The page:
As a marketer, producing a constant stream of high-quality content can be a strain. Whether it’s writer’s block, lack of time, or lack of budget, creating enough content to keep your social audiences engaged is not always an easy task.
This is where content curation comes in. Content curation is the process of finding interesting content around the web, organising it in a relevant manner and sharing it with your audience.
By supplementing your own content with secondary content compiled from other blogs and websites, you can uphold your commitment to your posting schedule and keep your audience engaged with your brand.
How much of the content you share should be curated?
While there’s no definitive answer to this question — it depends on brand, posting habits and audience— the short answer is this: don’t let links to your own site dominate your social media feeds. While opinions on the exact figure vary, they all agree on this point.
One popular guideline is the social media rule of thirds, which suggests that 1/3 of social content should be sales-orientated or promotional, 1/3 should be curated, and 1/3 should be interactions.
There’s also the sweet spot suggested by Convince & Convert, which advises linking to your own content 25-50% of the time. Companies that link to their own content more than 50% of the time see lower engagement rate and fewer conversions.
If you create content quite sporadically, then it’s absolutely fine to lean more heavily on curated content during quiet times.
What content curation tools should you use?
For small businesses, content curation can be managed easily enough without any paid tools. The two tools we’re going to suggest here both have free versions that are perfectly adequate, and can be upgraded for a very reasonable fee.
Describing itself as “a personal space where you can organise your favourite blogs and publications and connect to the news, knowledge and ideas that matter to you,” Feedly (pictured) takes all the work out of content discovery.
With all your favourite feeds and blogs arranged by topics of your choosing, finding content for your audience is easy. You can preview articles from your Feedly dashboard, which is good news if you’re easily distracted.
With a Pro account ($45/year), you get Hootsuite integration, an advanced search function, and quicker article polling.
Hootsuite is strongest as a post scheduler, but it can also be used for content curation and easy, multi-platform sharing.
Hootsuite’s Hootlet extension is a tiny owl icon that sits in your toolbar. When you come across an interesting article online, you can share (and schedule) to a range of social networks without leaving the page.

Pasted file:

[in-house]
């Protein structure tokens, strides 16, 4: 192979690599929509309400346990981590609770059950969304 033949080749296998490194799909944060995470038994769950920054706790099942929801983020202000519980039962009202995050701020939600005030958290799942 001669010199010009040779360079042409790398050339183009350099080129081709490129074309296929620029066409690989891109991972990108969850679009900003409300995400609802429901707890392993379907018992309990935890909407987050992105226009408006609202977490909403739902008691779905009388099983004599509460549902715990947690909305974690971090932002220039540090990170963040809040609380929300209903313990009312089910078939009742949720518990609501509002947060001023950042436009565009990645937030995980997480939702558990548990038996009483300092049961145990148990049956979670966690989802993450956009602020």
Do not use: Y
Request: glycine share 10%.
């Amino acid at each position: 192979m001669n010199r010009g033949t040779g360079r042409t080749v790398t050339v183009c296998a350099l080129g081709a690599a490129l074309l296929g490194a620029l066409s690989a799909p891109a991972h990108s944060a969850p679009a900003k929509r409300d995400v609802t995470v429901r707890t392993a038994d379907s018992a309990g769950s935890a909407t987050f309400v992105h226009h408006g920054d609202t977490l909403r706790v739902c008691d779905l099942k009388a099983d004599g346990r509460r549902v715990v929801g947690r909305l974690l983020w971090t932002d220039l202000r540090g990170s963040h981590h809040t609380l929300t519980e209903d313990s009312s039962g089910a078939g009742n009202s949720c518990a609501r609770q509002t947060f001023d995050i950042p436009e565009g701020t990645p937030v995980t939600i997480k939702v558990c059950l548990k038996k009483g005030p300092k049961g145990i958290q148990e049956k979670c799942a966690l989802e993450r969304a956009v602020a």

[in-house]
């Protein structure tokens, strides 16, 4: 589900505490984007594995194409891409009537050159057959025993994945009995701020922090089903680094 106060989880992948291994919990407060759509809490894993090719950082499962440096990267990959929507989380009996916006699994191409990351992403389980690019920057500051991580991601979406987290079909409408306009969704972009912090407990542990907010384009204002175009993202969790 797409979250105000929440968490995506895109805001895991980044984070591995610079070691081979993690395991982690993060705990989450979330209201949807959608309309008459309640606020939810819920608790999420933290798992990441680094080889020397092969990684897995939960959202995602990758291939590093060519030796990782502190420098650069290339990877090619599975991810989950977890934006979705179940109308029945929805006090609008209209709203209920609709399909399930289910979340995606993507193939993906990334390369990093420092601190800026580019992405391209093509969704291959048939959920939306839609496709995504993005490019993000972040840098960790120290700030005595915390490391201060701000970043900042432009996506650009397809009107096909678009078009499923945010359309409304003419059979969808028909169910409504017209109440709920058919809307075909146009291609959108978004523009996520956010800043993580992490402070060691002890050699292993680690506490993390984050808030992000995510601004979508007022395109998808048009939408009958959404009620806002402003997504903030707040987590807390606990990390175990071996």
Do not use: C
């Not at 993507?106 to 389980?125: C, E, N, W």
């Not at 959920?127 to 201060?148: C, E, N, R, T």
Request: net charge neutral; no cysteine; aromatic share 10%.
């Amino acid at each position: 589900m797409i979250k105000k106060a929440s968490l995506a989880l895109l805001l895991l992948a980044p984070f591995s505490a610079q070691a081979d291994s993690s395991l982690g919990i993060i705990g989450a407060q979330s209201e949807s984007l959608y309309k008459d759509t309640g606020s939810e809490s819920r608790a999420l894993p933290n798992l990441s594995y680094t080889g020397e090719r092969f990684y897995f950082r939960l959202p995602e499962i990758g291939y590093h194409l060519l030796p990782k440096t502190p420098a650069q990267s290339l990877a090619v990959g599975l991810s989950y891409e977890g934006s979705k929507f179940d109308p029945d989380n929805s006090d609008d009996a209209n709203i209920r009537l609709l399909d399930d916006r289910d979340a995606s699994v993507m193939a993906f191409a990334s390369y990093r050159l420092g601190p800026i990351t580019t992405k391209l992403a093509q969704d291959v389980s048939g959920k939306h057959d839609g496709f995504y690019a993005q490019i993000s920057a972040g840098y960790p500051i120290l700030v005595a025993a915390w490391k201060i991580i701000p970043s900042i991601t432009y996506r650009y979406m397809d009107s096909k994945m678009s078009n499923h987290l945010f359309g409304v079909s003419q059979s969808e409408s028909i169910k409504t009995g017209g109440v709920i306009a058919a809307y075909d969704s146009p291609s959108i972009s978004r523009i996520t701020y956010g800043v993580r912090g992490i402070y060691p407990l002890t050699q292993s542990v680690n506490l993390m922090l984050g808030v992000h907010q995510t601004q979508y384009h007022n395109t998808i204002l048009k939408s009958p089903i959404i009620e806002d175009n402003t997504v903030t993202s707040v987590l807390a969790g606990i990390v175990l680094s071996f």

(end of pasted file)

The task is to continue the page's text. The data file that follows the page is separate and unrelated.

I like to use the two together: by discovering and curating content through Feedly, then scheduling and sharing through Hootsuite. If I come across something shareable when I’m browsing the web, I can schedule that through Hootlet as well.
Deciding on content to curate
Even if you don’t see yourself as a marketer, there’s a good chance you already have experience with content curation. If you post news articles to your Facebook profile, bookmark interesting sites to read later, or embed other people’s YouTube videos on your blog, you are — one way or another — already curating content.
Whether or not you consider this at the time, the reasons you share content are probably a combination of the following:
- You find it interesting
- Your friends will find it entertaining
- It’s something people need to know
- It indirectly tells people something about you (beliefs, taste in music, opinions, likes, or affiliations)
When you’re curating content for your brand, you need to go through this same process, but a little more cautiously. Watch out for things that will trip you up, like topics that will offend your audience (always play it safe) or won’t apply to them (e.g. an article about a pizza promotion in the Nottingham, when your brand is based in London).
Curated content can reflect positively or negatively on your brand, so it’s wise to choose carefully and read everything before you share it. You can’t judge a post by its title, and unless you know the source and trust them with your reputation, always take the time to skim-read before you schedule.
The content you curate needs to align with your branding and business objectives. This means you should judge it as critically as you would judge content you created yourself.
It’s also best to avoid sharing content that will outrage, upset or anger your audience. This negative emotion can get transferred quite easily to your brand, and when this happens, it’s easy to lose control of the conversation that follows.
So: aim to delight, entertain, and educate your audience — whether that’s with the content you create or the content you share.
Refining your technique
You can use Facebook and Twitter’s in-built analytics platforms to keep track of the types of content that generate the most engagement. Don’t be demoralised if curated content gets the lion’s share of the likes — this is normal.
When evaluating the success of content, focus on engagement (likes, comments, and shares) and click-through rate. After a while, it’s likely that patterns will emerge — certain types of content (long-form, infographics, tutorials or videos) may be more successful than others, and the same can happen with topics.
In addition to using this data to inform your content curation in future, you can also use it to help plan the content you create yourself. From the popularity of other people’s content, you can get a good idea of what works — and what doesn’t — for your audience.